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L.T.C. bills consultation nearing completion

Public consultation on three bills proposing an autonomous Land and Titles Court is nearing completion, with less than ten submissions left. 

This was confirmed by the Clerk of the Legislative Assembly, Tiatia Graeme Tualaulelei.

The remaining submissions are from individuals, including the second part of the Samoa Law Society’s position. 

Chaired by Member of Parliament for Fa’asaleleaga No. 1, Gatoloaifa’ana Amataga Gidlow, the Committee featuring seven other M.P.s was tasked to carry out public consultation at the end of April. 

“It will resume next week and there are less than ten submissions left including those from the Judges,” said Tiatia. 

Asked about the Samoa Law Society who was told to complete their submission on a later date, the Clerk assured that the lawyers will have their turn to do so before the Committee wraps up. 

Lawyers from the society had been making public appearance to express their opposition to the three bills. 

The legal fraternity had described the package of legislation as “fundamentally and technically defective” alleging it is an attack on the stability of the justice system and the operation of the Rule of Law. 

The Clerk of L.A. was unable to give an estimate of how many villages in total and individuals that have already appeared before the Parliamentary Committee reviewing the bills.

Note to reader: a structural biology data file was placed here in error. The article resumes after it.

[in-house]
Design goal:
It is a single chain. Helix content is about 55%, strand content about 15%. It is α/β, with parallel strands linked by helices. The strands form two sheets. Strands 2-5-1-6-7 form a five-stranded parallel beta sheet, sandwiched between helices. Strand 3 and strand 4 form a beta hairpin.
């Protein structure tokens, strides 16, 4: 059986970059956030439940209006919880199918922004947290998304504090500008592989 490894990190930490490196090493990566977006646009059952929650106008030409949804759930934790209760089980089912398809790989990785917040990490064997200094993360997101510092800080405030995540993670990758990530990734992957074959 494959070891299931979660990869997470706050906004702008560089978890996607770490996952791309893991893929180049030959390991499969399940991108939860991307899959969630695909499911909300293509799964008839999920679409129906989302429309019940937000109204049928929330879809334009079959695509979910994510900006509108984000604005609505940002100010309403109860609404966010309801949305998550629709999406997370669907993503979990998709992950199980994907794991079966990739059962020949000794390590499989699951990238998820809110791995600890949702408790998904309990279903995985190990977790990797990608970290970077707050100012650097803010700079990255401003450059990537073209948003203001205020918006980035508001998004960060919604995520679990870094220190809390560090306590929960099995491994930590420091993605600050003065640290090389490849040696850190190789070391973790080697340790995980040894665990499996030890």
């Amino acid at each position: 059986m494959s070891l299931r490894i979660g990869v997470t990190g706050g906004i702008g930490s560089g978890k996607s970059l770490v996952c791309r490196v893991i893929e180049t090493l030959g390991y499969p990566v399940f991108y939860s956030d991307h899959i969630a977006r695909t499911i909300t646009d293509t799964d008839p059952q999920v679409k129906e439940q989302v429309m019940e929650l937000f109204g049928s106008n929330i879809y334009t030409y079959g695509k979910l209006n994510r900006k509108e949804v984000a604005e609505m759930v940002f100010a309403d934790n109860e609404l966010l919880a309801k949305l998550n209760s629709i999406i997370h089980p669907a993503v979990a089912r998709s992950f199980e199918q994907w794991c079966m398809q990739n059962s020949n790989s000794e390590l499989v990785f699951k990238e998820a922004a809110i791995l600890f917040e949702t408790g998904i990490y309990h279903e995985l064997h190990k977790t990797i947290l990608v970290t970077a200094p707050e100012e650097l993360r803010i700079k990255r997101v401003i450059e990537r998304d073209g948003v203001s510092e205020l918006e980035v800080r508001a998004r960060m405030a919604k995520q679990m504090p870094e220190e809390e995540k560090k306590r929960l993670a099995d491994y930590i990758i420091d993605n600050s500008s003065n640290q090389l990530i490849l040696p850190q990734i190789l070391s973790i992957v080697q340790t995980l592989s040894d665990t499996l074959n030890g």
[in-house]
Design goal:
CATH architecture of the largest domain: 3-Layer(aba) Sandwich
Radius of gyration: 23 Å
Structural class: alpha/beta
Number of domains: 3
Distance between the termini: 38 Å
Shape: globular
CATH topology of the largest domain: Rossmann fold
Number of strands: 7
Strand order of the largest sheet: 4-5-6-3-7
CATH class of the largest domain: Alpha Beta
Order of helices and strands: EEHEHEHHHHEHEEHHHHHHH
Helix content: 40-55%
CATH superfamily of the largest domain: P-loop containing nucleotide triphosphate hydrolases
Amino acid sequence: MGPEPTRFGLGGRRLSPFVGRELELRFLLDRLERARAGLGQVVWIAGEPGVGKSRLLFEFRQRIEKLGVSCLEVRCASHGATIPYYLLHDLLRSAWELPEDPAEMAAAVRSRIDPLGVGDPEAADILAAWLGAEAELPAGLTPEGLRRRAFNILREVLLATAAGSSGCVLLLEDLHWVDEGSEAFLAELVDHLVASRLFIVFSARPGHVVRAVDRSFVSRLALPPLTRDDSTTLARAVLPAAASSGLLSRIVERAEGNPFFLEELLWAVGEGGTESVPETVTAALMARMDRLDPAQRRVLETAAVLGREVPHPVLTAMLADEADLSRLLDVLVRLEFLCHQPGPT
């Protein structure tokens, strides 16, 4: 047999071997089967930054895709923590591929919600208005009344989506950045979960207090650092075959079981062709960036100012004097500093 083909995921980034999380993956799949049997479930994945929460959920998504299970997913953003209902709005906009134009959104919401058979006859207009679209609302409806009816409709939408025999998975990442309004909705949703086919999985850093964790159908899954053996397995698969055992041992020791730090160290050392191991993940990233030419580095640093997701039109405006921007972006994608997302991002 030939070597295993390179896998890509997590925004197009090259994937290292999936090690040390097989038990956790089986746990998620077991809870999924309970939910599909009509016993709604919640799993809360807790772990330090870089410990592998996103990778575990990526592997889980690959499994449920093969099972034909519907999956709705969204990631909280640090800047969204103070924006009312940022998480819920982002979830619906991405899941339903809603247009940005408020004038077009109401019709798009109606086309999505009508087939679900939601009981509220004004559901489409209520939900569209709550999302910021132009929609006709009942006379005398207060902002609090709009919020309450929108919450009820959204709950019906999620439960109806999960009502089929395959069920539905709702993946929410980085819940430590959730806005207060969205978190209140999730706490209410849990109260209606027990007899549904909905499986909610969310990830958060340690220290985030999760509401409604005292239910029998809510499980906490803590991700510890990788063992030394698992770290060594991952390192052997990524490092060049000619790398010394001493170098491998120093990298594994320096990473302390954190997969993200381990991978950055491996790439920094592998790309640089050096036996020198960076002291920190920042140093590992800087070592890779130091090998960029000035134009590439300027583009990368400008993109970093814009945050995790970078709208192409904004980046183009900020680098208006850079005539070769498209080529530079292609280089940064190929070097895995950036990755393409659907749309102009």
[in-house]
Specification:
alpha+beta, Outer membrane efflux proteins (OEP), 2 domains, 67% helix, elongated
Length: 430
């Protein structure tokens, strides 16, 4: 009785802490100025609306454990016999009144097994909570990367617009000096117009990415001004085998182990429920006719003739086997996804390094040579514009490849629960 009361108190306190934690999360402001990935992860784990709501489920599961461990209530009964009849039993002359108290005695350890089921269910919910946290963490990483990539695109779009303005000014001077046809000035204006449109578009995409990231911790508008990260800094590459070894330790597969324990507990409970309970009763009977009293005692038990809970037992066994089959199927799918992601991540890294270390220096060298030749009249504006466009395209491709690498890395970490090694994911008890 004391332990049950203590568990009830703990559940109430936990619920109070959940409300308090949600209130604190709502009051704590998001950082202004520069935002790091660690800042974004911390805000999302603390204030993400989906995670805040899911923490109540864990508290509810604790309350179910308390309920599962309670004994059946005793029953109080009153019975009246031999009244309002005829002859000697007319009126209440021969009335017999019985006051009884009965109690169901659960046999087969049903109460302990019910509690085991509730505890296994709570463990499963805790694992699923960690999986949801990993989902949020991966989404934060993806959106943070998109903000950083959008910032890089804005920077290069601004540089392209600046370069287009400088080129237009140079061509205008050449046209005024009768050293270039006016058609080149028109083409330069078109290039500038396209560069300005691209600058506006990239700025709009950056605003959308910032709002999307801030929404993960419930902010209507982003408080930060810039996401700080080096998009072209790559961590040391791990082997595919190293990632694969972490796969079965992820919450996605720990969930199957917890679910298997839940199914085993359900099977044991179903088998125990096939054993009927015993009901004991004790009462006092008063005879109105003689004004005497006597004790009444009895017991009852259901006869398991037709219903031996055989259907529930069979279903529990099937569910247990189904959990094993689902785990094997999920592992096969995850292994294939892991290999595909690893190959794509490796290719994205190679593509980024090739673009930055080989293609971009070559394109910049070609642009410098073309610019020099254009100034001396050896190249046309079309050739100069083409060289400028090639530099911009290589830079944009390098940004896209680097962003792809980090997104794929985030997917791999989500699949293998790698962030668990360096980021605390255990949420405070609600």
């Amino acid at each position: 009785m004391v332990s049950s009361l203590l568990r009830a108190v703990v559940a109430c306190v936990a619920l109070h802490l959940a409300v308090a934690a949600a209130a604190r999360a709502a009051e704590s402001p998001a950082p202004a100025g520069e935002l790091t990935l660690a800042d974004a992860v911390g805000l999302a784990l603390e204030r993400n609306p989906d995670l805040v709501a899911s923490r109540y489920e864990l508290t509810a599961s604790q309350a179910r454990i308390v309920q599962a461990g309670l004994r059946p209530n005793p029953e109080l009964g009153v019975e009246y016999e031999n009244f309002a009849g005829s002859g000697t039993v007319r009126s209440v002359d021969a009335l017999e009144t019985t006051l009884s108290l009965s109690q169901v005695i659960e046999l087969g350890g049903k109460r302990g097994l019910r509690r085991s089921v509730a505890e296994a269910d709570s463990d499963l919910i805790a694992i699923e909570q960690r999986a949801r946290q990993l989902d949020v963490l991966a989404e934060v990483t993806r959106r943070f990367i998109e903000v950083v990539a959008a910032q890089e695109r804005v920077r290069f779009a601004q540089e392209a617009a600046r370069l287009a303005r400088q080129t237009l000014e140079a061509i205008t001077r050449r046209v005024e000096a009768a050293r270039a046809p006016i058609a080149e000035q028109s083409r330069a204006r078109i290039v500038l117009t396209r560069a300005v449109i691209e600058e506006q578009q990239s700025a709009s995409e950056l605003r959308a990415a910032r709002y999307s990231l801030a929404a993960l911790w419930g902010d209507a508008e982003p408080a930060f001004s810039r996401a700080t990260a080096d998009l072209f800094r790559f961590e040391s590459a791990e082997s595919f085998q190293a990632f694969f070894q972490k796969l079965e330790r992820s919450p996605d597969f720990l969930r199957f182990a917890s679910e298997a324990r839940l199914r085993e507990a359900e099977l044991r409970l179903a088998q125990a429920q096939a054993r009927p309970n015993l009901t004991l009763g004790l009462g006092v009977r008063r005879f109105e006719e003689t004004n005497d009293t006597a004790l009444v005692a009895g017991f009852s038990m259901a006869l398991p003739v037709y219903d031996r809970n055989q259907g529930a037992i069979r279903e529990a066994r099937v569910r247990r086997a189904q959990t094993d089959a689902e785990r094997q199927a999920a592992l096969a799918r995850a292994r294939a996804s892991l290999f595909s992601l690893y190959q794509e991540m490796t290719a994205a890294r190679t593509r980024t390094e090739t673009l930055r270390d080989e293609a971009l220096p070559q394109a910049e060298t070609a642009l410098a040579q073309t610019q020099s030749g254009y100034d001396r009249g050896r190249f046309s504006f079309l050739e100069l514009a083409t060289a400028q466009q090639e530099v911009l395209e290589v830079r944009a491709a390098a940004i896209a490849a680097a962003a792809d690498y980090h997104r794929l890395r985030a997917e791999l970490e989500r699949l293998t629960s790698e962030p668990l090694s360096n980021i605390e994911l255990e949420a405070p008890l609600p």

But following the consultations in Savai’i, Tiatia at the time said there were some fifty-plus villages that made submissions. 

He said the main provision opposed by villages was the limitation of matai sao to five with villagers expressing concerns on the lengthy procedure of delivering decisions.

The majority of the villages in Upolu that the Samoa Observer reported on from the consultation supported the proposed changes with very few being firm on their position to oppose it.  

Recently, Prime Minister Tuilaepa Dr. Sailele Malielegaoi emphasised the important role of the Parliamentary Committee and the public consultation aspect of the bills. 

He said this is an open opportunity for the country to offer their advice and recommendations on what needs to be changed to strengthen the law-making process. 

Tuilaepa added that most of the concerns seem to be about the limiting of matai sa'o for each family to five. 

But such things are "easy to alter", he said. 

"This is why consultations are important. This is where it shows how wrong the announcements have been from those who do not understand and those trying to deceive (the country).”  

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